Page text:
BUT... I just stumbled onto an application for exemption, where Texas drivers can apply for the right to operate a commercial vehicle meeting certain criteria. While I'm inclined to believe the exemption affirms I can drive a motorhome over 26K for personal use, possession of a Class B makes that redundant. So, "application for exemption" suggests to me waiving the sole obstruction of the Class C: the weight rating. There is no such thing as a "commercial vehicle. The "use" determines commercial or not. Further, a commercial drivers license has nothing to do with our "private" operation of a motorhome (at least 99.9% of us).

Before you tell me I could get a ticket, think for a moment: if I have a valid Class C and the state has presented me with a document affirming my right to drive a motorhome weighing more than 26K, there's no longer an argument. Has anyone explored this avenue? I believe getting a ticket should be the least of the worries after an accident maiming a third party and the insurance company saying "no coverage as the driver has no license". That can get real expensive - real fast.




I was just downstairs here in Tokyo with a table full of fellow airline pilots, old friends; and, the majority are either established RV'ers or are shopping for rigs. It's the product of our age, empty-nest status, the hassle of hopping on commercial flights, our plummeting pay, wives' attempts to corral us timewise, looming retirement and other factors. Brace yourselves, here come the airborne heavy equipment operators!!

Photo: Past Christmas together in our bigger rig. The FAA forbade Havana riding on the dashboard, her normal perch.
...
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Old 12-30-2011, 04:25 PM   #5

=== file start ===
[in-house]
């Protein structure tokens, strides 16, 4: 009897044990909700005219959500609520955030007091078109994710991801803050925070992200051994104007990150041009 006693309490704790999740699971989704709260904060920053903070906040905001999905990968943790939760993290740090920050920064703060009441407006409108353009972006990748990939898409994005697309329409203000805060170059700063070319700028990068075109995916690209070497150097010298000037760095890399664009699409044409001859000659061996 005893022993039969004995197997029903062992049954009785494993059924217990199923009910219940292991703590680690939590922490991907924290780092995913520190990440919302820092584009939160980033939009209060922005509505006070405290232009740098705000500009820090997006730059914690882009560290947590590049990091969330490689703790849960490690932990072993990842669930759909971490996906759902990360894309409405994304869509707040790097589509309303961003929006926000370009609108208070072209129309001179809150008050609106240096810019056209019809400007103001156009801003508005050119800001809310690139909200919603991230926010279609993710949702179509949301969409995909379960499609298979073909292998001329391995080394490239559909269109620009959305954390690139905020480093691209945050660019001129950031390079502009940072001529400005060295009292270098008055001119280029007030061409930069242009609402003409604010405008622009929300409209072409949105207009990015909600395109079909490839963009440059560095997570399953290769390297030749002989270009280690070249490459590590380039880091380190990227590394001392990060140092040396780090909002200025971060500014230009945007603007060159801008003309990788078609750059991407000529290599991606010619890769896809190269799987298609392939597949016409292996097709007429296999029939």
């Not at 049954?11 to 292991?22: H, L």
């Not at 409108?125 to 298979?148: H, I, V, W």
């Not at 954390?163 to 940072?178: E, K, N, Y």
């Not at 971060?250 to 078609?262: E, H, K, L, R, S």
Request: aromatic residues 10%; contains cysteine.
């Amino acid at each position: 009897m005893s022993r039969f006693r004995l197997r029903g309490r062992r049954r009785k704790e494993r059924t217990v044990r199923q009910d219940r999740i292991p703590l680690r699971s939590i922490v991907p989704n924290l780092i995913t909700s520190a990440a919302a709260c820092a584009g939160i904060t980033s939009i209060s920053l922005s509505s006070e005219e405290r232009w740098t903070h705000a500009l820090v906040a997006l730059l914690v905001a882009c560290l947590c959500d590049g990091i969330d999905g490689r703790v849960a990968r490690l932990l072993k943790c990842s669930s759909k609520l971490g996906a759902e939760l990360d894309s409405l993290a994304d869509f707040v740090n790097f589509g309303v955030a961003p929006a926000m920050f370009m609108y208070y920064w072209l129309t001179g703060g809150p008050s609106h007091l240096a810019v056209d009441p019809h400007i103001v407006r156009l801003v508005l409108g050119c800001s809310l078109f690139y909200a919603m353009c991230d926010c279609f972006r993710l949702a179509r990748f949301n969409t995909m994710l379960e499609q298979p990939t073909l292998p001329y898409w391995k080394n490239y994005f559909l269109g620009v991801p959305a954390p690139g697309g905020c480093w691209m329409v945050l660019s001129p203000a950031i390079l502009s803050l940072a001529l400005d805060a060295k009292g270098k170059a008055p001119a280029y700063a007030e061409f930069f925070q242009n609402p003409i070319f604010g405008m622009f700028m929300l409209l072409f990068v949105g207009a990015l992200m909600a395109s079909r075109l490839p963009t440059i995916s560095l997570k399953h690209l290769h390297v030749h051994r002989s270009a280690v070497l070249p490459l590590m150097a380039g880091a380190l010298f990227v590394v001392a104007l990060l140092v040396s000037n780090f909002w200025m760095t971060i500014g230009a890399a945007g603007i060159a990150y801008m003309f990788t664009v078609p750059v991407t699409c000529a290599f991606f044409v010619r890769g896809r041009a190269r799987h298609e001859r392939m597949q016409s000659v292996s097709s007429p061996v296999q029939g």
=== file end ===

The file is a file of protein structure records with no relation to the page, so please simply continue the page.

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If you are at 26,001 lbs or more you need a Class B license in Texas. Has nothing to do with being commercial, it has to do with the heavy weight and being able to demonstrate that you can handle the rig. Are you afraid that you can't pass the test? If not, then just do it! We've had our licenses for 5 years. Yes, we know others who have never gotten theirs - for all sorts of reasons but mainly because they were worried about some part of the test. It is a 20 question written test and 20-30 minutes of driving. And if you can't pass it then you really have no business having one of these rigs on the road.

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Old 01-12-2012, 02:59 PM   #6
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I am a little late to this thread but I went through this about two years ago. I think the study and test were good for me as someone new to dirving a large MH. I would recommend that everyone take it. If you have a lot of previous experience you shouldn't have any problem with the test. If you fail the test you should find a location to practice or study the book. However, just like anything else dealing with a Texas state agency, be prepare to spend time waiting. There is one good reason to make sure you tell the person doing your paper work that you want a non-commercial Class B; it will save you a lot of money for the cost of the lic. I think the non-commercial Class B is the same cost as a Class C. CDLs are much more expensive.